We have all heard about carb-loading and increasing your caloric intake leading up to the race. This can, however, be a little misleading. I've made the mistake in the past as seeing this as an opportunity to eat everything in sight to prepare for race day. Pizza, chips, beer, anything I figured could pre-fuel my body for the big event, I devoured. Yes, your body will need some additional carbs, salt and calories to run for that amount of time, but it will need it in a healthy way. Unhealthy, processed foods will give you extra calories and carbs, no doubt, but these foods lack the essential nutrients to support your race day needs. They can reek havoc on your digestive system, cause gastric issues and effect your energy levels. Be sure to stick with real, whole foods such as lean proteins, whole grains and fruits and vegetables. Increase your carb in take with good carbs such sweet potatoes, quinoa, oatmeal and bananas. Add a little extra salt (I prefer pink Himalayan salt) to your food the day or so before your race to help with electrolytes. And be sure to drink extra water, you will want to be well hydrated heading into the event. Also, the last few days leading to the race is not the time to introduce new foods into your diet. You do not want to risk any sort of reaction from new cuisine that can effect your body on race day!
4. Boost Your Immune System
It happens, I can attest to that. You put in months of training, you are ready to go out and crush your race and then BAM, you wake up under the weather! Sometimes it is just inevitable, we get a cold, or the flu or a stomach bug, etc. We have been putting our bodies through so much stress over the past few months that we end up being more susceptible to catching whatever may be "going around" as the saying goes. But just like stretching, you do not want to wait until it is a problem to do something about it. Be proactive when it comes to your immune system. Here are a couple of ways I like to help build up my immune system.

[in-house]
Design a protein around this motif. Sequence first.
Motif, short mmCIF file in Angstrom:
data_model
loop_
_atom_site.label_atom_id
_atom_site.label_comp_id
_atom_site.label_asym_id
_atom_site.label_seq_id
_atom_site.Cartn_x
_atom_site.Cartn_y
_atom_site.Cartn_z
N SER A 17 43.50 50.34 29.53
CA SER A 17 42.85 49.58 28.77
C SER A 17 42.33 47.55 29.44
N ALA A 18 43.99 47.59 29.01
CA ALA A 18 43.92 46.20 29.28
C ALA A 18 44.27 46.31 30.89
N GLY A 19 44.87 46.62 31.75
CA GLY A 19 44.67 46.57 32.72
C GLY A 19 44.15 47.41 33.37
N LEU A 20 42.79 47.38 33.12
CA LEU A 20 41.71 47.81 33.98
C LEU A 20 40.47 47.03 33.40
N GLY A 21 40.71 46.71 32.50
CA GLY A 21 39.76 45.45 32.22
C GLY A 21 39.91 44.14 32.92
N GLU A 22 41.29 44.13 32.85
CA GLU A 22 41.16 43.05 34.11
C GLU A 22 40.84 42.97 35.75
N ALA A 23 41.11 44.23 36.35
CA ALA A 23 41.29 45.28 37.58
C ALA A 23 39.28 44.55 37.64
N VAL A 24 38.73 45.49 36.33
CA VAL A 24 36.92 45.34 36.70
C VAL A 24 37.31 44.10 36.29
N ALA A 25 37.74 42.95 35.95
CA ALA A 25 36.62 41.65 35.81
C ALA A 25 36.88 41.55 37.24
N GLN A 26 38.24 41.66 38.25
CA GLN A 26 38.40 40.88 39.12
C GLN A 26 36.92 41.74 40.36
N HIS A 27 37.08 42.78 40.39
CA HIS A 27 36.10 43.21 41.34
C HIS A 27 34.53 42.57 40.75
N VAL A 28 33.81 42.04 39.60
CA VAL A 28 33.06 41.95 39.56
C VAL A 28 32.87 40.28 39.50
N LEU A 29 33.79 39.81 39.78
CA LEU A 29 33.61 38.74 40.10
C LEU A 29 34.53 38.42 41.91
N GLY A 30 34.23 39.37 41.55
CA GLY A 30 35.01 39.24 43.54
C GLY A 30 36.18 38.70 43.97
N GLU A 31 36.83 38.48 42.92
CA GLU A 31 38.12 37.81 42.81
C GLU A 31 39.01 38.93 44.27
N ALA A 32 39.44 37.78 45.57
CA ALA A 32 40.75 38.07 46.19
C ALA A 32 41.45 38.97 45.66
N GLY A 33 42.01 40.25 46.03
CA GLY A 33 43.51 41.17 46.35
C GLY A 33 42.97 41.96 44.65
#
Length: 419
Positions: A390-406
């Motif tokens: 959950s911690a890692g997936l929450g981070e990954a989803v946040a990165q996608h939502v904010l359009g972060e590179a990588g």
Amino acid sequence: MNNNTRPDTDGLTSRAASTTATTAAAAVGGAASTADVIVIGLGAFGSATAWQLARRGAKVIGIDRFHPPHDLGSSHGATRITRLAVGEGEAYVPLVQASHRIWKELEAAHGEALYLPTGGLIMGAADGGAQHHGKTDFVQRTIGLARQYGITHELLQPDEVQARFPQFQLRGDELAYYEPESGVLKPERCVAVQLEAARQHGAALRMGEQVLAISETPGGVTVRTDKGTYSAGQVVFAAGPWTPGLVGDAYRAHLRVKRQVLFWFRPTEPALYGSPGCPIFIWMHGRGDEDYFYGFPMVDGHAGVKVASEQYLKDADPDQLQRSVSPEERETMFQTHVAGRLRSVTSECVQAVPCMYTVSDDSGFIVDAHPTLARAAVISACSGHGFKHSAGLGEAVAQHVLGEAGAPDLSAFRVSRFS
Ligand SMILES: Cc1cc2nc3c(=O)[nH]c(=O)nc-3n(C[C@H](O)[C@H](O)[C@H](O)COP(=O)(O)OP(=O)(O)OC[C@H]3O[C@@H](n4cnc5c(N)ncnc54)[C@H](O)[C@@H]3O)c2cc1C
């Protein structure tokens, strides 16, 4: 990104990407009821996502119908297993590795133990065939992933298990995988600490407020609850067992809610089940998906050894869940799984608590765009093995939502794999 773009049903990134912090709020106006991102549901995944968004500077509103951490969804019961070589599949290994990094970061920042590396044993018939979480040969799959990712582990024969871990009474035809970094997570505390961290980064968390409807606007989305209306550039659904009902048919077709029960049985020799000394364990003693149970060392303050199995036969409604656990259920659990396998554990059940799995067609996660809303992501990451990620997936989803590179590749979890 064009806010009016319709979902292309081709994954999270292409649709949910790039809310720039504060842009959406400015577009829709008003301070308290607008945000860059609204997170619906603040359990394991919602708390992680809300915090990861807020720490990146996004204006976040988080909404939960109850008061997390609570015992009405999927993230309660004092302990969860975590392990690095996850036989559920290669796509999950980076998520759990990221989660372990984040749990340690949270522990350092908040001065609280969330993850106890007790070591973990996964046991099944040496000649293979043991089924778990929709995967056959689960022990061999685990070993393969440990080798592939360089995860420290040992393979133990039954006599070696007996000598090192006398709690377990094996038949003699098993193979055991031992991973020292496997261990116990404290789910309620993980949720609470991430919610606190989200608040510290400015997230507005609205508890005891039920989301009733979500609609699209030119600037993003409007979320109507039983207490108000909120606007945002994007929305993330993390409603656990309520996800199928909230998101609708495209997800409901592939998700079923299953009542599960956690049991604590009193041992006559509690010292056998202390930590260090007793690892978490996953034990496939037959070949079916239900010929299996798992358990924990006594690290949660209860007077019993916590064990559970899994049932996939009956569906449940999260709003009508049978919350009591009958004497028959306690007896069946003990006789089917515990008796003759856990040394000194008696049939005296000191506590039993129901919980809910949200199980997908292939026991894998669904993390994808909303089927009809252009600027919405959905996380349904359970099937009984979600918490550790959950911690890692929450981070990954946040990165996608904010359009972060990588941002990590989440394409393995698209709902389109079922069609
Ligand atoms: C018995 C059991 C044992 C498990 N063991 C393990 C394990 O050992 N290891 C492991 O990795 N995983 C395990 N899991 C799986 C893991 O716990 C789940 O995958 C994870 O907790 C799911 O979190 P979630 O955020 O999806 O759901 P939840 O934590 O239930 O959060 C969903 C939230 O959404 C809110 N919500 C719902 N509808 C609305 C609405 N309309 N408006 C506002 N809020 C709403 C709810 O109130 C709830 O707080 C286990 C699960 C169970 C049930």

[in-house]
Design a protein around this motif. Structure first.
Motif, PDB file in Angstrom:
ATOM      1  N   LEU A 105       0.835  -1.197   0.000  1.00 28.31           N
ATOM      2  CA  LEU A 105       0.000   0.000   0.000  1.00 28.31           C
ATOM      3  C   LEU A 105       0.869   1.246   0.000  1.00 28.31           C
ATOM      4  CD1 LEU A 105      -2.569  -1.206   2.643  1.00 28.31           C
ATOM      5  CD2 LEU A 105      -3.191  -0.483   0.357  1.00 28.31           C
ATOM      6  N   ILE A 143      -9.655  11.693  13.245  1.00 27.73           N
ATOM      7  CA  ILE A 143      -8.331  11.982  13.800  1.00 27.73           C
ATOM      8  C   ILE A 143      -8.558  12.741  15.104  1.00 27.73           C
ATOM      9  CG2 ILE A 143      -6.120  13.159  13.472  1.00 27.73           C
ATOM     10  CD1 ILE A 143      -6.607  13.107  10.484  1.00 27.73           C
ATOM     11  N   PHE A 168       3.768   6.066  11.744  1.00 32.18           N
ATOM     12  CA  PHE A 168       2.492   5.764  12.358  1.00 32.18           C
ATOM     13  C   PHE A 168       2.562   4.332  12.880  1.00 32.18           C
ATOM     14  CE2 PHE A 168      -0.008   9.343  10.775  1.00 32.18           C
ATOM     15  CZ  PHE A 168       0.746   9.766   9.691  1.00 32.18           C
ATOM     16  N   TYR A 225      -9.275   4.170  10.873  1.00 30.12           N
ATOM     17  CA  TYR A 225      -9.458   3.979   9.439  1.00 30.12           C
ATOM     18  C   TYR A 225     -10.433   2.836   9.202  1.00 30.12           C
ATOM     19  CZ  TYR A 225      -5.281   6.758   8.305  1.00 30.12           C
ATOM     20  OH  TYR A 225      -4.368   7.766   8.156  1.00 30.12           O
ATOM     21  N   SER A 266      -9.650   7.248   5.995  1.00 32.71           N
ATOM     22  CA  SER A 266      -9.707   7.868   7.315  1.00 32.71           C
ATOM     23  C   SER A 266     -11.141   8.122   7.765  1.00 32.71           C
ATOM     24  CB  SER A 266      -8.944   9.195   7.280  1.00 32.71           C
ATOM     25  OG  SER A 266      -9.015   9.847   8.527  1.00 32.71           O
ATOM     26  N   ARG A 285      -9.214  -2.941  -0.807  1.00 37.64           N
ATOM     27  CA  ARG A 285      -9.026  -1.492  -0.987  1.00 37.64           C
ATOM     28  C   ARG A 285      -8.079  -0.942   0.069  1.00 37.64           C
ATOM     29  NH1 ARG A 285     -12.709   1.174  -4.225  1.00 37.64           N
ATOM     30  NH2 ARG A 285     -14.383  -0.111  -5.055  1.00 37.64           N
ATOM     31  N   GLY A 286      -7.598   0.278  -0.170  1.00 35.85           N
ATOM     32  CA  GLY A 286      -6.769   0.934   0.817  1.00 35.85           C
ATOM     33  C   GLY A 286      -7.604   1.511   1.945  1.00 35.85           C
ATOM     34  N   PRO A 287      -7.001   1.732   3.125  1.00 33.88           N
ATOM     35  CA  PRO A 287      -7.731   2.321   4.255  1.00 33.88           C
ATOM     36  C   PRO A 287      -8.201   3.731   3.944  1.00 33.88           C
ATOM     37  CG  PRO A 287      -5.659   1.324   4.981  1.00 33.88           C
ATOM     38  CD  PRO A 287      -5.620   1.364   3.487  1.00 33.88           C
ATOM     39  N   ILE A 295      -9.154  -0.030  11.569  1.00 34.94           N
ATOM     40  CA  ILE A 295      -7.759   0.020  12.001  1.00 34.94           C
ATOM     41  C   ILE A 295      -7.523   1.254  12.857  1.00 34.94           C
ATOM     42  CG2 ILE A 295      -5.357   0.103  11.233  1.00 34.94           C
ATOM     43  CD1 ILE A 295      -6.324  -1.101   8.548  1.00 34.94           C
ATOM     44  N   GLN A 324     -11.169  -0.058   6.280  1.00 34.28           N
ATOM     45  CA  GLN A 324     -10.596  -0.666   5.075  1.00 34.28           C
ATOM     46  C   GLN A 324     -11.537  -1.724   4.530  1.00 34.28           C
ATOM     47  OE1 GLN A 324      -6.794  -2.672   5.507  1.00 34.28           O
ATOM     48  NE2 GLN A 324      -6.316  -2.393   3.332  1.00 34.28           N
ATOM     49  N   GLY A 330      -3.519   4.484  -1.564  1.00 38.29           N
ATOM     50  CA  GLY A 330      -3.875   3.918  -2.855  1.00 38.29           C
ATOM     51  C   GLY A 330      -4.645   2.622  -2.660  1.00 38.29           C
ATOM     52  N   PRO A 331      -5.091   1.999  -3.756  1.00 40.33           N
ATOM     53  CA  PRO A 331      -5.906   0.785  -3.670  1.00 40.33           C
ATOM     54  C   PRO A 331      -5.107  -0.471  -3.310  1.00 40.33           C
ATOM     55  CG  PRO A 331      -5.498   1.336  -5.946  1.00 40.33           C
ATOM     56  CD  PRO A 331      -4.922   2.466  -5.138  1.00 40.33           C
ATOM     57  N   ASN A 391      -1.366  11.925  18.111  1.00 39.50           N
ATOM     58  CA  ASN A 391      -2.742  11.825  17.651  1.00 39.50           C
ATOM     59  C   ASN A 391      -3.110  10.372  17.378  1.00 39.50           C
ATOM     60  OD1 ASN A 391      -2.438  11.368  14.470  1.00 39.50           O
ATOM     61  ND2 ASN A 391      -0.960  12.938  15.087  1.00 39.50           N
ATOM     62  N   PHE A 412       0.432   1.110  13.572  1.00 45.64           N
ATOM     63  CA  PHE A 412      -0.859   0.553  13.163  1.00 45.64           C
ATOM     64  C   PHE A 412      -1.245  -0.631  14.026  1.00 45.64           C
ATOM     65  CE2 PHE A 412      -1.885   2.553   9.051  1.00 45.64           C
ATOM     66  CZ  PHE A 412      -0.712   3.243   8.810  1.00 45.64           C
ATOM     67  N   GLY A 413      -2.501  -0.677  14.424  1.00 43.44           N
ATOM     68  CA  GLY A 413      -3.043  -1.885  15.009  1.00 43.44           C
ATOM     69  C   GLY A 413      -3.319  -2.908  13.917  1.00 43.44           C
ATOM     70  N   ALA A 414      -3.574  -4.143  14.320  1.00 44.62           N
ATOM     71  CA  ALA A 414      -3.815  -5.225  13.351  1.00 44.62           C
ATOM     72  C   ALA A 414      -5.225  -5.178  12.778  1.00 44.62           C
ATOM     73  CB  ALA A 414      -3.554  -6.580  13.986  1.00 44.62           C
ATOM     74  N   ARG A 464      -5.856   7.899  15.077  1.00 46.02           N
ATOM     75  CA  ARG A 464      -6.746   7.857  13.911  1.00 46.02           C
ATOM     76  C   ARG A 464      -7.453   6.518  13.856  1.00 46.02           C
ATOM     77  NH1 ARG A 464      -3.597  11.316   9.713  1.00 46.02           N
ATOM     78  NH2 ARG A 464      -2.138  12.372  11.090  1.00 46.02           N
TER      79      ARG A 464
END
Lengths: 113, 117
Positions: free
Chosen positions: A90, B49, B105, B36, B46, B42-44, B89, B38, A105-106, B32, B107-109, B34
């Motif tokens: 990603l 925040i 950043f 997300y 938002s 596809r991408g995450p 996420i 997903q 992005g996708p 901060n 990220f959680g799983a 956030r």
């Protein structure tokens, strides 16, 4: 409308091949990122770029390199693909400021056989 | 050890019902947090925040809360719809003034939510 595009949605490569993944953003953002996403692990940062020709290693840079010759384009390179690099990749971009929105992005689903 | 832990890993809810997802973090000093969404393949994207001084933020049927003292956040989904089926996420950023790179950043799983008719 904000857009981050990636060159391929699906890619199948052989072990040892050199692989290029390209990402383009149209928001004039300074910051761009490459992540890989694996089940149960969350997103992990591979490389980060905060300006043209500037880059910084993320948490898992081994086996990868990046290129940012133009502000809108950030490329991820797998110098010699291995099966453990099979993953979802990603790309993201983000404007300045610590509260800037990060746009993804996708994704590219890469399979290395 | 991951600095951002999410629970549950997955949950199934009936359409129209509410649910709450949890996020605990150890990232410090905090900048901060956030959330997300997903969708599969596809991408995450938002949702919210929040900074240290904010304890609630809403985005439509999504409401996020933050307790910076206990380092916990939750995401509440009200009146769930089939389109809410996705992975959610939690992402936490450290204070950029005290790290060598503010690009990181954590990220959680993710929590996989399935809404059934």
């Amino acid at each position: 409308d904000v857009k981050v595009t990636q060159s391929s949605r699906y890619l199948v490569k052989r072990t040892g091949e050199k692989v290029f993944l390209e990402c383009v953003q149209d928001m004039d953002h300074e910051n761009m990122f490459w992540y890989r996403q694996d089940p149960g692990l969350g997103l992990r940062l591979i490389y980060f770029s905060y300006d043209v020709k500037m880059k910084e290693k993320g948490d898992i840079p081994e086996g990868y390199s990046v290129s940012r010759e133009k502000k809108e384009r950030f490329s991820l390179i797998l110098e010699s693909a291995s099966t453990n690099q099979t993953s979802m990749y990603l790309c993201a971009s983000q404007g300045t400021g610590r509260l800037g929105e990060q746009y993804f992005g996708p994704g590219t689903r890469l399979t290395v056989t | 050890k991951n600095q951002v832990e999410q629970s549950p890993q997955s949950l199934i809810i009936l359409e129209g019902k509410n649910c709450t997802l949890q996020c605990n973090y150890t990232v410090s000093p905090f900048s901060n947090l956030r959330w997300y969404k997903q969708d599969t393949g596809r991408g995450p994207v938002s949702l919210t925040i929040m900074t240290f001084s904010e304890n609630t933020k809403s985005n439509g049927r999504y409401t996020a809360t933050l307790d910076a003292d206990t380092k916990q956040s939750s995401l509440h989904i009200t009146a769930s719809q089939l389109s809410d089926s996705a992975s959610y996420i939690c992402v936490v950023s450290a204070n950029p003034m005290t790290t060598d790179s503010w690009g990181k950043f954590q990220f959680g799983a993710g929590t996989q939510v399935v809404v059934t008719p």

- Eating a clean healthy diet with plenty of fruits, vegetables, nuts and seeds
- Catching some rays to get my Vitamin D (running outside is typically how I get them)
- Taking a regular probiotic
- Supplementing with immune boosters such as Elderberry and Echinacea
- Washing my hands and counter tops regularly
5. Bubble Wrap Yourself
As tempting as this may sound, it is obviously just not possible, hehe. But as a precautionary, it may not be a bad idea to refrain from any new activities as well as ones that you may be used to but could post a potential threat to your body. I know this may sound a little silly and actually pretty obvious, but it is a good reminder to not get too creative with your workouts and extracurricular activities right before your marathon. You will have plenty of time for adventures post race, so schedule your activities wisely beforehand. I guess your sky diving and swimming with the sharks will just have to wait a bit.
6. Visualize Your Success